• @zephyr1934 knows how to print NCC1701 on endless paper
  • @UltraViolet likes when an EB topic is derailed because of 8bit computing ...

This is it. Don't expect a viral thread. I am old. The cool thing though is: Posting here after ... let's say a year or so of silence will not get the moderators mad, as it is designed to be a repository :pir-huzzah2:

All the best,
Thorsten

P.S.: Just for those who were born 2000(+) : k stands for kilo:pir_laugh2:. A 16k x 1 RAM is a chip that holds 16384 bit (0/1). You needed 8 to get 16kByte RAM. Today, a 16G x 8bit DDR3 DIMM module, which holds about 1 million times more bytes, sells for about the same price as 16kByte cost in 1982. In other words: 1 bit then was 1.000.000 times more expensive than 1 bit is now, 40 years later.  

Edited by Toastie

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So ... just learned that a retro computer work/place/space makes it to the front page! (it is an Apple, isn't it?) - This is soo so cool :wub:

Well, here we go - this is even beamed back in time a little further than Apple 2E ...

As I am working on a ZX Spectrum talking to the LEGO serial tower (with reply ... sigh(!)) - it seemed to be appropriate to "prepare". And as said elsewhere, I got both, my ZX81 and my ZX Spectrum from 1983/95 back to work. Before diving into old electronics and old and current programming - I prepared myself creating the right environment to work on this (during endless nights :pir_laugh2:):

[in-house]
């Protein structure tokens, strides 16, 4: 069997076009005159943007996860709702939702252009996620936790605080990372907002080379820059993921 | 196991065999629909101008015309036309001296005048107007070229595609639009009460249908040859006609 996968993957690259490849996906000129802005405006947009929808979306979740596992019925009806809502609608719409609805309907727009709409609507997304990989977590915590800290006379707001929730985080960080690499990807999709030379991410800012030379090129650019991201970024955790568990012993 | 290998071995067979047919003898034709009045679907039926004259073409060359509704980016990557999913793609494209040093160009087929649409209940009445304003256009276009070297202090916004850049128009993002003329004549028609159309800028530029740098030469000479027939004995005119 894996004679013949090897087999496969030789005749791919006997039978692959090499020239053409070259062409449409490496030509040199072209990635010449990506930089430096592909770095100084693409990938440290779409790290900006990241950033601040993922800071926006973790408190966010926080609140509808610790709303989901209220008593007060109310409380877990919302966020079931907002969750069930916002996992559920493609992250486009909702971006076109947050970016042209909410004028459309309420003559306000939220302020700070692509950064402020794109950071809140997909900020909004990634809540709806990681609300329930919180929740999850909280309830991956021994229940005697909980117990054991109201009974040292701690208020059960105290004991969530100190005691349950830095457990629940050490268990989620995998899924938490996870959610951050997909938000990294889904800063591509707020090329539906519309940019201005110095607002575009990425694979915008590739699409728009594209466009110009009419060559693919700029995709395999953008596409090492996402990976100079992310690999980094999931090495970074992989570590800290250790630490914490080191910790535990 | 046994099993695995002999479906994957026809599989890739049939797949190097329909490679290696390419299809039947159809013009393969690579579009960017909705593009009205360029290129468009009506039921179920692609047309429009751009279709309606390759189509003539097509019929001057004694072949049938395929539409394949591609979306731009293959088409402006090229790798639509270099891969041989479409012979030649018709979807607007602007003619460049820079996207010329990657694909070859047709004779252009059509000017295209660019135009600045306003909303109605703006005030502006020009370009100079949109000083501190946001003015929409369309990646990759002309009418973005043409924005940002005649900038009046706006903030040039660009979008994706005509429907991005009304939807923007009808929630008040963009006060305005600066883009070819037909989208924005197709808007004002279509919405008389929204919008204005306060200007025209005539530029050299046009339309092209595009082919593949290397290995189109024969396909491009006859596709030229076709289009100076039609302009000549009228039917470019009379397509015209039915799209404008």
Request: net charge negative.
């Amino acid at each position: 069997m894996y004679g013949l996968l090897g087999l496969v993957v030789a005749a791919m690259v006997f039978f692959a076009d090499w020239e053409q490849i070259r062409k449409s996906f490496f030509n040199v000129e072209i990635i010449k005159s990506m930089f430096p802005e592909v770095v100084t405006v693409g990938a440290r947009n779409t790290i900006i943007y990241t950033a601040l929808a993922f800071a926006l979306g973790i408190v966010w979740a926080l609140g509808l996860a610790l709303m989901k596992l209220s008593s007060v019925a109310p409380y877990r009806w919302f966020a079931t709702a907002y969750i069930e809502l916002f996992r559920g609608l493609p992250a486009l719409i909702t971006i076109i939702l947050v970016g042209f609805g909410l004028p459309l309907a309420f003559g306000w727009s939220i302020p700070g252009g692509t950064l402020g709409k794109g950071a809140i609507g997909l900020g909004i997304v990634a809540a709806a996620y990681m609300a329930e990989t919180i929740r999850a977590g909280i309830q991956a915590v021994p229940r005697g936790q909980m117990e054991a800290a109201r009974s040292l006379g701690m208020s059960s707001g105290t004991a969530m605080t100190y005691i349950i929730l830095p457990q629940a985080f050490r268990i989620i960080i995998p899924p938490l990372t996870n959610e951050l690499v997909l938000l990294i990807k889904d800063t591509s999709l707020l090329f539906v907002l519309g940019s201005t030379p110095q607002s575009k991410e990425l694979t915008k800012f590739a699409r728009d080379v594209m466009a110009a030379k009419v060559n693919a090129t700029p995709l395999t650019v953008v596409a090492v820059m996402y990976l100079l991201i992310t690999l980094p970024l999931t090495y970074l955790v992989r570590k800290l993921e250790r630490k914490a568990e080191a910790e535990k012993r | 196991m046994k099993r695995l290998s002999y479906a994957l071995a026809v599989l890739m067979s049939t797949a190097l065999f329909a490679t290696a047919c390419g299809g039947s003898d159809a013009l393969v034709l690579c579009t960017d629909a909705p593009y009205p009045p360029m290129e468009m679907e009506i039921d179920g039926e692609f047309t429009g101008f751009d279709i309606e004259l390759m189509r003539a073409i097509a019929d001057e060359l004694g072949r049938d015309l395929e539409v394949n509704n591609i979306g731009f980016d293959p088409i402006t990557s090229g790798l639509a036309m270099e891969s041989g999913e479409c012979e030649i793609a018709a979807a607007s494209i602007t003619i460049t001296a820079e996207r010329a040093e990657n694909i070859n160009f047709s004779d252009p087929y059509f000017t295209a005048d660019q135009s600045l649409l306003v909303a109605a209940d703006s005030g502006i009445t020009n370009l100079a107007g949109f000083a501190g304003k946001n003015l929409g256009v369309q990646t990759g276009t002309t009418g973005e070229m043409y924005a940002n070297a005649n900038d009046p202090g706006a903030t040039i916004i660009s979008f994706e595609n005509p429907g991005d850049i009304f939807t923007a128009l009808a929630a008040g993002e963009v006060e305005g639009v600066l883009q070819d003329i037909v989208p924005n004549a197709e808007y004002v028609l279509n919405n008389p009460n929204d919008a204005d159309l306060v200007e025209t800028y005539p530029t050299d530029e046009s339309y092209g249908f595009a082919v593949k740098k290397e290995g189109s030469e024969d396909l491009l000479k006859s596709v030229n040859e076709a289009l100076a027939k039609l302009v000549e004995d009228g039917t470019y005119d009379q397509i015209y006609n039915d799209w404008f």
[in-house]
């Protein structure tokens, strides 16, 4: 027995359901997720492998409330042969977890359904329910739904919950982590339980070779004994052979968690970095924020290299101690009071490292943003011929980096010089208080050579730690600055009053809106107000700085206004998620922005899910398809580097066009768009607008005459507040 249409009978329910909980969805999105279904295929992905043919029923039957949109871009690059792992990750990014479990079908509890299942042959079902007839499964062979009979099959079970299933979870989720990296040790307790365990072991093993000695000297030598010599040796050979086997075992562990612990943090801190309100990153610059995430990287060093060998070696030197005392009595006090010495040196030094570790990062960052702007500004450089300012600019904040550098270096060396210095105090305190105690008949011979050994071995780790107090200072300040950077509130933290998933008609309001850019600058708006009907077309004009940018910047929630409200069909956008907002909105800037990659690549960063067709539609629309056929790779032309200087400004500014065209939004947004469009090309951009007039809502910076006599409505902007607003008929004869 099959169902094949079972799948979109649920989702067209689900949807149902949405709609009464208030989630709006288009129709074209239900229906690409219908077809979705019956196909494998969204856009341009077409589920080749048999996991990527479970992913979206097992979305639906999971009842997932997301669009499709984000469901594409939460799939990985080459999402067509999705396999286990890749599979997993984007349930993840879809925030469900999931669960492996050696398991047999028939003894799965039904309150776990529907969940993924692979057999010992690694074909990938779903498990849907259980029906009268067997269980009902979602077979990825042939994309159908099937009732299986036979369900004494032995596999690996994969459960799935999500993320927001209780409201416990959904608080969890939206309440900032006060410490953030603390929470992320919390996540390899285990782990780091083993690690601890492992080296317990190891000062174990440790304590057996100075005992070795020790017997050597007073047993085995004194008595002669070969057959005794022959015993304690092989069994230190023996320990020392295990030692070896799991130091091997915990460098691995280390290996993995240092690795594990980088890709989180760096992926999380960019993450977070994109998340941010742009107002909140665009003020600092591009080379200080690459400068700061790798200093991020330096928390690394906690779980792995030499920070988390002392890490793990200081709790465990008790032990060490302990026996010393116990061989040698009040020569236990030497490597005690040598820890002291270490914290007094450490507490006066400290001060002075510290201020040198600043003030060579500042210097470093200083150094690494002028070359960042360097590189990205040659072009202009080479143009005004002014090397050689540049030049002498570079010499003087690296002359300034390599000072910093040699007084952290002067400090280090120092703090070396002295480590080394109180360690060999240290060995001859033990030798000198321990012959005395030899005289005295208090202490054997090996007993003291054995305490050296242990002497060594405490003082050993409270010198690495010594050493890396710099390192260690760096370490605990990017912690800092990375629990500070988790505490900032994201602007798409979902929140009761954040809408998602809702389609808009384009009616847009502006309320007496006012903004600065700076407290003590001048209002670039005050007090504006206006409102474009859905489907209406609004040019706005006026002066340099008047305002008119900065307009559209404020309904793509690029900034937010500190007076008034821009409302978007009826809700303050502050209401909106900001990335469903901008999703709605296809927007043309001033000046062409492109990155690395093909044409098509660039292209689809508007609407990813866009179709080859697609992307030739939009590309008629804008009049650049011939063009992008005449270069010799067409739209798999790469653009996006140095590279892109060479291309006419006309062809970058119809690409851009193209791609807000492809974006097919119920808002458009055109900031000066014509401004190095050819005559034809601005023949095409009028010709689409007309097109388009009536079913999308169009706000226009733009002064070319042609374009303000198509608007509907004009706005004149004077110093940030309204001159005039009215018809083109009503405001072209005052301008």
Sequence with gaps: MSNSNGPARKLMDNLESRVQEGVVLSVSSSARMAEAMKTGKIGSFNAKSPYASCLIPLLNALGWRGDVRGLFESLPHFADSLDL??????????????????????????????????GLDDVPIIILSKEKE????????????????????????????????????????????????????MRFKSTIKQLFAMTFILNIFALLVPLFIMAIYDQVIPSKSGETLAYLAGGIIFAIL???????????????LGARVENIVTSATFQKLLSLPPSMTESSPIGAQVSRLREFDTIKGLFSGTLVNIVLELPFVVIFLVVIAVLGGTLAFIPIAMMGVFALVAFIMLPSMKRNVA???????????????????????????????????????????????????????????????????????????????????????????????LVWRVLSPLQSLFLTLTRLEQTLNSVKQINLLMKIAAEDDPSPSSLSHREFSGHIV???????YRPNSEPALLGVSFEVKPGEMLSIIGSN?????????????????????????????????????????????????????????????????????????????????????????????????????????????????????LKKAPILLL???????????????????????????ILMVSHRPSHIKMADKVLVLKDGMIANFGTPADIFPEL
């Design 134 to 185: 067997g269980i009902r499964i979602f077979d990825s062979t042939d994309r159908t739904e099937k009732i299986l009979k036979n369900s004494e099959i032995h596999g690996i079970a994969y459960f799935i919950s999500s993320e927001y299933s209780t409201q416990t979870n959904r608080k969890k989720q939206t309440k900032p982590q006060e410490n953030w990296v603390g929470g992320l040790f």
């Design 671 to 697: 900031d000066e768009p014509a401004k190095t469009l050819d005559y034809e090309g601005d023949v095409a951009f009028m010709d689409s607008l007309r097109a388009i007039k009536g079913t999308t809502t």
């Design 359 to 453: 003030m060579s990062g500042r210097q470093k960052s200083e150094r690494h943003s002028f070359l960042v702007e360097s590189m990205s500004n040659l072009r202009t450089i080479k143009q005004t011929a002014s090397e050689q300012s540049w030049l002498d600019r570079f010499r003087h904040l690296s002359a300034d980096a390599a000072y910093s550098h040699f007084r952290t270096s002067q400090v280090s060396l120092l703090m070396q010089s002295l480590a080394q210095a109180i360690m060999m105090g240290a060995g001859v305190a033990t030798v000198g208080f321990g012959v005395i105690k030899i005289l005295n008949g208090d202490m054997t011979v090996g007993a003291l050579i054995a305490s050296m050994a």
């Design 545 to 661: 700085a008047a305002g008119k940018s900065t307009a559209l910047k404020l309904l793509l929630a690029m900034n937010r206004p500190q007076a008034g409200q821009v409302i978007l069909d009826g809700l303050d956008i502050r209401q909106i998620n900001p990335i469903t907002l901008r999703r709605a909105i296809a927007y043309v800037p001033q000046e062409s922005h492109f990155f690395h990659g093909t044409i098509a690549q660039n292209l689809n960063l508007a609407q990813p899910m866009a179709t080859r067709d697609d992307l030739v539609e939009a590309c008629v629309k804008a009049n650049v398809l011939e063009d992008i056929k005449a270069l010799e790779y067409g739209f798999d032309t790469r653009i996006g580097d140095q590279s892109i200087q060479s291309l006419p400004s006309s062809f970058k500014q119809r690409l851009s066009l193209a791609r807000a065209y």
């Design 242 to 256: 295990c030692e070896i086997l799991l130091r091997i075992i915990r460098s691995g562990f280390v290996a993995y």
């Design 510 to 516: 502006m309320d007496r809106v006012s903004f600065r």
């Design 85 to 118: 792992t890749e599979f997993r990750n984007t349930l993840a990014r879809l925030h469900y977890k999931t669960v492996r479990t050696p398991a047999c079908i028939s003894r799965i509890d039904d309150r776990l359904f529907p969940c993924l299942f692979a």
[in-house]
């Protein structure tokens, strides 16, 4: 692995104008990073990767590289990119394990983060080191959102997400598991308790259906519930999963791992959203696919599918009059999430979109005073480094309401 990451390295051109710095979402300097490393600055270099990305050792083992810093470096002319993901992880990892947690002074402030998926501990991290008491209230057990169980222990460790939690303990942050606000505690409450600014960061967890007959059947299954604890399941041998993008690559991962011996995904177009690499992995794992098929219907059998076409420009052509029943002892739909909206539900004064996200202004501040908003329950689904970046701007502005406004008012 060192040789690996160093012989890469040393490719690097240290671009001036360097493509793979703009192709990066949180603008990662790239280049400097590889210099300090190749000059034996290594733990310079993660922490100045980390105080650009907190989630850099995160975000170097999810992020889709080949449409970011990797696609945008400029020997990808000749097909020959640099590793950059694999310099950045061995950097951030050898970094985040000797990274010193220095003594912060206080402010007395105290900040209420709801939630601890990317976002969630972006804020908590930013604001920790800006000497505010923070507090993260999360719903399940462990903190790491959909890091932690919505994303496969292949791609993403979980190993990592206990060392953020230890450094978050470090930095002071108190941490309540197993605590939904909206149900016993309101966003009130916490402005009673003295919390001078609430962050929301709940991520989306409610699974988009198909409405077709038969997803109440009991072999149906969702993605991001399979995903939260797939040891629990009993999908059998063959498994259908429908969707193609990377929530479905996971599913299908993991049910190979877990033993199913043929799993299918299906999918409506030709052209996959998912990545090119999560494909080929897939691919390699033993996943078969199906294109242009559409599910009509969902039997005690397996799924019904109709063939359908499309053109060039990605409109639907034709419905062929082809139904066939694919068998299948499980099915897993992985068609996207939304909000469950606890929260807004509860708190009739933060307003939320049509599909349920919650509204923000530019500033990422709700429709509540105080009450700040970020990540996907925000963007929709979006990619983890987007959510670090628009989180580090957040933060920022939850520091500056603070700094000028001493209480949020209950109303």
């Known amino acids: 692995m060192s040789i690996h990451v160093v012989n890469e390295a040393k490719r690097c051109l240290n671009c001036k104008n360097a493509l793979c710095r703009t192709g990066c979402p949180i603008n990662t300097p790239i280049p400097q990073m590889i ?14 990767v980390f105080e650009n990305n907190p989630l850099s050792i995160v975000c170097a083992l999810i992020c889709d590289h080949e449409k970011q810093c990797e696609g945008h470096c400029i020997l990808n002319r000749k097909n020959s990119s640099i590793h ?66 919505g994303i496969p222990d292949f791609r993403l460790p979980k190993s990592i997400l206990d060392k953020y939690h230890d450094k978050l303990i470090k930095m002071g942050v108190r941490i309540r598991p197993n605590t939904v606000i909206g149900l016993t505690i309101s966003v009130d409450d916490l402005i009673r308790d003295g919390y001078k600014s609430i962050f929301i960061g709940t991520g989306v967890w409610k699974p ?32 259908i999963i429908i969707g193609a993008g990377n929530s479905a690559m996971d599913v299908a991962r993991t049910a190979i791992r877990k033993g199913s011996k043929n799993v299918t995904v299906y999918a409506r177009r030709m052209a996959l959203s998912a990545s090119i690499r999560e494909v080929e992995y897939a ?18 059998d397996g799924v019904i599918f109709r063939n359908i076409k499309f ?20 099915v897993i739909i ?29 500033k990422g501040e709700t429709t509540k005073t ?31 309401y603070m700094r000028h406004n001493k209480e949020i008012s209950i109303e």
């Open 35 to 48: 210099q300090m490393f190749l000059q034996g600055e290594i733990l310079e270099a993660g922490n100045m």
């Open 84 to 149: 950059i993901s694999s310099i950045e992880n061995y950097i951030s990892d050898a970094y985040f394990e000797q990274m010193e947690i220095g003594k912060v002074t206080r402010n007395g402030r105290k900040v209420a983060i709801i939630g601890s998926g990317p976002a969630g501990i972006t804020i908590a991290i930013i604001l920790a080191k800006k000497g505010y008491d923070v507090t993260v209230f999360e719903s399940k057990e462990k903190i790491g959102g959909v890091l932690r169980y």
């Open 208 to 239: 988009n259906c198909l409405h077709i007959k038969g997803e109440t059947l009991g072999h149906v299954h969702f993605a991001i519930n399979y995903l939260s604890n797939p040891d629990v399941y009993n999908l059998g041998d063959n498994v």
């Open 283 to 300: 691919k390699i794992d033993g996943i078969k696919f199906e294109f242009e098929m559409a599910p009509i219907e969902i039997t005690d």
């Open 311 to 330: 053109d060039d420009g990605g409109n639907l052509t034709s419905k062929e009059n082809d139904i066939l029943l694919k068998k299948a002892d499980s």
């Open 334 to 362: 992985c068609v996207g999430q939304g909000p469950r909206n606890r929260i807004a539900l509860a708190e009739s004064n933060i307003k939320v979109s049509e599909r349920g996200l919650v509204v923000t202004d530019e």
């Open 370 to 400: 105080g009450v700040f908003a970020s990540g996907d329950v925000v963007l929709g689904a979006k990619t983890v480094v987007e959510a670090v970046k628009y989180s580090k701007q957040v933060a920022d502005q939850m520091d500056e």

zx81_workplace.jpg

There is the Zeddie on the left, with the 16k MonsterRAMPack, and nifty 9V power supply. On the right front is the small scale LEGO version - as it was, last millennium: The Zeddie, the cassette player for true mass storage, power supply, couple of mass storage cassettes, CRT (that one I got from my mum - was a red "Colani type" CRT - no edges, just curves:sweet:. For me, it was quite the challenge to build that one with bricks, see below.

Back right is my laptop showing a Stud.io render of the scene. Back left is the "CRT" = LED TV I am using as ZX display. This needs some modding to the ZX81 video output, as around 1980, VHF/UHF was the standard. Today, hardly any TV set knows anything about RF - at minimum they want composite video. In front of the TV is a good quality audio capturing device, used for loading/saving Zeddie programs from my laptop (almost "glitchless" when using Audacity).

Credits for the LEGO models: The Zeddie LEGO model is based on Steven Reid's design: https://www.reids4fun.com/. I just replaced the round 1x1 tiles with square ones. And made some space for the cables. Also resized the RAM pack a bit to fit the scale and moved it a little to the right - as in the "original". The cassettes - I can't find the reference anymore. Merde. It is >not< my design. The CRT is; however, the front screen idea is not. This is from http://www.fubiz.net/2014/04/30/retro-technology-lego-kits/retro-technology-lego-kits3/. I just changed the direction of the curved slopes and the scale. BTW: The Zeddie never produced a decent picture back then with the RF modulator - so this is why the screen is not grey/white only. I believe the cassette player is also my design - at this scale. The lid actually opens, and you can insert one of the cassettes - see LDraw MPD file.